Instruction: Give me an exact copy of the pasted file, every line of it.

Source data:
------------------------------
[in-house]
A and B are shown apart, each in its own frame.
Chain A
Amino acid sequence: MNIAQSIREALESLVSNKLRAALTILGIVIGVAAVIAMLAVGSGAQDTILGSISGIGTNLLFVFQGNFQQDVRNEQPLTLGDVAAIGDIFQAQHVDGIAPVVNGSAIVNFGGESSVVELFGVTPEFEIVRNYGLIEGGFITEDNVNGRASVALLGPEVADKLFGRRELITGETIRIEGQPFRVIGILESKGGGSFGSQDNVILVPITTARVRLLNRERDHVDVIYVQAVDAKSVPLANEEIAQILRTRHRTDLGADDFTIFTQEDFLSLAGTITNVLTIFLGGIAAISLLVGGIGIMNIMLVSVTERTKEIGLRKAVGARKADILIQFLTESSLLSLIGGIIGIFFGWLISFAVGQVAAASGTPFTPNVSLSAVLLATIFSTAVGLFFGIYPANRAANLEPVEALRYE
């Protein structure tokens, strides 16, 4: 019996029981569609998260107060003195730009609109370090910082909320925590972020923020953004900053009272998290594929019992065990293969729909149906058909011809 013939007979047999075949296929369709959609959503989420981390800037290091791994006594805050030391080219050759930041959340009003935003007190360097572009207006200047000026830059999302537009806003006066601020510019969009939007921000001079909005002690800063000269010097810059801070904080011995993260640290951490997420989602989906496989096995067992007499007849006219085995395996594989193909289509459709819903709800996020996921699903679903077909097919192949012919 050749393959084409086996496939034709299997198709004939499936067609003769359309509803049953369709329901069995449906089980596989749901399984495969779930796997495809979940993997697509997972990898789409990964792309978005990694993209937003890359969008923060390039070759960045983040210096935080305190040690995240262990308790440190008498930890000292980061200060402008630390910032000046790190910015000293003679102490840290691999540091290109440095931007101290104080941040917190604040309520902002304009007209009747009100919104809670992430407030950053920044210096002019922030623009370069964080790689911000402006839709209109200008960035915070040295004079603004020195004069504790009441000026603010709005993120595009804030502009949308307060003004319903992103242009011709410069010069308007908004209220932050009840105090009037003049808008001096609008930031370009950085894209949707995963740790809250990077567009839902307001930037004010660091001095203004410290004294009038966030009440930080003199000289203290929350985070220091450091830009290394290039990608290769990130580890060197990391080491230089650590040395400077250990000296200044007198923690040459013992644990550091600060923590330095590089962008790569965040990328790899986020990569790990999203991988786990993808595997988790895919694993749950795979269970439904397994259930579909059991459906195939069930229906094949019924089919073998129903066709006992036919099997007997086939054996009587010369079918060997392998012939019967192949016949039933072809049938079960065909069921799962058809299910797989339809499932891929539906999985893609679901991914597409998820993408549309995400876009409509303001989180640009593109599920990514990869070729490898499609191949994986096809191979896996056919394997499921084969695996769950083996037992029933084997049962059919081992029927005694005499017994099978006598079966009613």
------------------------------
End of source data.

[in-house]
A and B are shown apart, each in its own frame.
Chain A
Amino acid sequence: MNIAQSIREALESLVSNKLRAALTILGIVIGVAAVIAMLAVGSGAQDTILGSISGIGTNLLFVFQGNFQQDVRNEQPLTLGDVAAIGDIFQAQHVDGIAPVVNGSAIVNFGGESSVVELFGVTPEFEIVRNYGLIEGGFITEDNVNGRASVALLGPEVADKLFGRRELITGETIRIEGQPFRVIGILESKGGGSFGSQDNVILVPITTARVRLLNRERDHVDVIYVQAVDAKSVPLANEEIAQILRTRHRTDLGADDFTIFTQEDFLSLAGTITNVLTIFLGGIAAISLLVGGIGIMNIMLVSVTERTKEIGLRKAVGARKADILIQFLTESSLLSLIGGIIGIFFGWLISFAVGQVAAASGTPFTPNVSLSAVLLATIFSTAVGLFFGIYPANRAANLEPVEALRYE
């Protein structure tokens, strides 16, 4: 019996029981569609998260107060003195730009609109370090910082909320925590972020923020953004900053009272998290594929019992065990293969729909149906058909011809 013939007979047999075949296929369709959609959503989420981390800037290091791994006594805050030391080219050759930041959340009003935003007190360097572009207006200047000026830059999302537009806003006066601020510019969009939007921000001079909005002690800063000269010097810059801070904080011995993260640290951490997420989602989906496989096995067992007499007849006219085995395996594989193909289509459709819903709800996020996921699903679903077909097919192949012919 050749393959084409086996496939034709299997198709004939499936067609003769359309509803049953369709329901069995449906089980596989749901399984495969779930796997495809979940993997697509997972990898789409990964792309978005990694993209937003890359969008923060390039070759960045983040210096935080305190040690995240262990308790440190008498930890000292980061200060402008630390910032000046790190910015000293003679102490840290691999540091290109440095931007101290104080941040917190604040309520902002304009007209009747009100919104809670992430407030950053920044210096002019922030623009370069964080790689911000402006839709209109200008960035915070040295004079603004020195004069504790009441000026603010709005993120595009804030502009949308307060003004319903992103242009011709410069010069308007908004209220932050009840105090009037003049808008001096609008930031370009950085894209949707995963740790809250990077567009839902307001930037004010660091001095203004410290004294009038966030009440930080003199000289203290929350985070220091450091830009290394290039990608290769990130580890060197990391080491230089650590040395400077250990000296200044007198923690040459013992644990550091600060923590330095590089962008790569965040990328790899986020990569790990999203991988786990993808595997988790895919694993749950795979269970439904397994259930579909059991459906195939069930229906094949019924089919073998129903066709006992036919099997007997086939054996009587010369079918060997392998012939019967192949016949039933072809049938079960065909069921799962058809299910797989339809499932891929539906999985893609679901991914597409998820993408549309995400876009409509303001989180640009593109599920990514990869070729490898499609191949994986096809191979896996056919394997499921084969695996769950083996037992029933084997049962059919081992029927005694005499017994099978006598079966009613």